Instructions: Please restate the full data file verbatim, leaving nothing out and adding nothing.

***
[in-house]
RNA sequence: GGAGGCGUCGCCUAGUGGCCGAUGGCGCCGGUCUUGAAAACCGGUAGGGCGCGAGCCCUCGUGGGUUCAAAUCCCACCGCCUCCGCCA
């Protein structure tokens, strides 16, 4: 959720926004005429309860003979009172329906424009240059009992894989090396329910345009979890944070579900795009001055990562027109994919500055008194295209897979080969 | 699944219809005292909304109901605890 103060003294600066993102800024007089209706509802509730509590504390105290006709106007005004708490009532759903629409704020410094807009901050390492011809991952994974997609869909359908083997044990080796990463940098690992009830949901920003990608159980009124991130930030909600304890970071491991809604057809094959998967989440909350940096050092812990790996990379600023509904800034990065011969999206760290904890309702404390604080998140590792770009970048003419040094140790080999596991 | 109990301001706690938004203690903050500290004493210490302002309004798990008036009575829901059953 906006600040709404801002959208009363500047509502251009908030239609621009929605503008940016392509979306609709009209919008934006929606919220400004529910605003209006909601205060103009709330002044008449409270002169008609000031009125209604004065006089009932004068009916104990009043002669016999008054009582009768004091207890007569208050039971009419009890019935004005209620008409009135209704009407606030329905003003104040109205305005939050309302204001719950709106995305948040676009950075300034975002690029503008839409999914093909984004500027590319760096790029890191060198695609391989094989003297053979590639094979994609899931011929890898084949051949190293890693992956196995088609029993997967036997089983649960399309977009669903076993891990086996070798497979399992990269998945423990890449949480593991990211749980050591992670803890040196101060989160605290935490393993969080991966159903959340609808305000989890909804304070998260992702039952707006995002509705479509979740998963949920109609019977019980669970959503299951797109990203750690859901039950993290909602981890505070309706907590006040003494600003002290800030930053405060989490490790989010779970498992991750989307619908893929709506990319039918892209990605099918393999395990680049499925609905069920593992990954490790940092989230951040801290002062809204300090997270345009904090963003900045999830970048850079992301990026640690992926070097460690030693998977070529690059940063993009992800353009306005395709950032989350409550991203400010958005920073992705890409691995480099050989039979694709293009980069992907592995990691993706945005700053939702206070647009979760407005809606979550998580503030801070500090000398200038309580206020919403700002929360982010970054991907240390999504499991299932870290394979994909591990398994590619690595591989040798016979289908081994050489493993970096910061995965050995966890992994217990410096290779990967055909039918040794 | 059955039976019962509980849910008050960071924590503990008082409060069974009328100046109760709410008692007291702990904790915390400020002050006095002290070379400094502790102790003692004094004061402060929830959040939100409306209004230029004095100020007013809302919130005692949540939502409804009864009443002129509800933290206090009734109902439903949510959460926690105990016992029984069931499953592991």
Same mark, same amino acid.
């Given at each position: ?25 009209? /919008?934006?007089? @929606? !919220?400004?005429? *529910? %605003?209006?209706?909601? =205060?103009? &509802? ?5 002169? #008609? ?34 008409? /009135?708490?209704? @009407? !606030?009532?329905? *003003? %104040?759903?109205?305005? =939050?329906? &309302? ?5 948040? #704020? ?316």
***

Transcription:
[in-house]
RNA sequence: GGAGGCGUCGCCUAGUGGCCGAUGGCGCCGGUCUUGAAAACCGGUAGGGCGCGAGCCCUCGUGGGUUCAAAUCCCACCGCCUCCGCCA
């Protein structure tokens, strides 16, 4: 959720926004005429309860003979009172329906424009240059009992894989090396329910345009979890944070579900795009001055990562027109994919500055008194295209897979080969 | 699944219809005292909304109901605890 103060003294600066993102800024007089209706509802509730509590504390105290006709106007005004708490009532759903629409704020410094807009901050390492011809991952994974997609869909359908083997044990080796990463940098690992009830949901920003990608159980009124991130930030909600304890970071491991809604057809094959998967989440909350940096050092812990790996990379600023509904800034990065011969999206760290904890309702404390604080998140590792770009970048003419040094140790080999596991 | 109990301001706690938004203690903050500290004493210490302002309004798990008036009575829901059953 906006600040709404801002959208009363500047509502251009908030239609621009929605503008940016392509979306609709009209919008934006929606919220400004529910605003209006909601205060103009709330002044008449409270002169008609000031009125209604004065006089009932004068009916104990009043002669016999008054009582009768004091207890007569208050039971009419009890019935004005209620008409009135209704009407606030329905003003104040109205305005939050309302204001719950709106995305948040676009950075300034975002690029503008839409999914093909984004500027590319760096790029890191060198695609391989094989003297053979590639094979994609899931011929890898084949051949190293890693992956196995088609029993997967036997089983649960399309977009669903076993891990086996070798497979399992990269998945423990890449949480593991990211749980050591992670803890040196101060989160605290935490393993969080991966159903959340609808305000989890909804304070998260992702039952707006995002509705479509979740998963949920109609019977019980669970959503299951797109990203750690859901039950993290909602981890505070309706907590006040003494600003002290800030930053405060989490490790989010779970498992991750989307619908893929709506990319039918892209990605099918393999395990680049499925609905069920593992990954490790940092989230951040801290002062809204300090997270345009904090963003900045999830970048850079992301990026640690992926070097460690030693998977070529690059940063993009992800353009306005395709950032989350409550991203400010958005920073992705890409691995480099050989039979694709293009980069992907592995990691993706945005700053939702206070647009979760407005809606979550998580503030801070500090000398200038309580206020919403700002929360982010970054991907240390999504499991299932870290394979994909591990398994590619690595591989040798016979289908081994050489493993970096910061995965050995966890992994217990410096290779990967055909039918040794 | 059955039976019962509980849910008050960071924590503990008082409060069974009328100046109760709410008692007291702990904790915390400020002050006095002290070379400094502790102790003692004094004061402060929830959040939100409306209004230029004095100020007013809302919130005692949540939502409804009864009443002129509800933290206090009734109902439903949510959460926690105990016992029984069931499953592991």
Same mark, same amino acid.
């Given at each position: ?25 009209? /919008?934006?007089? @929606? !919220?400004?005429? *529910? %605003?209006?209706?909601? =205060?103009? &509802? ?5 002169? #008609? ?34 008409? /009135?708490?209704? @009407? !606030?009532?329905? *003003? %104040?759903?109205?305005? =939050?329906? &309302? ?5 948040? #704020? ?316």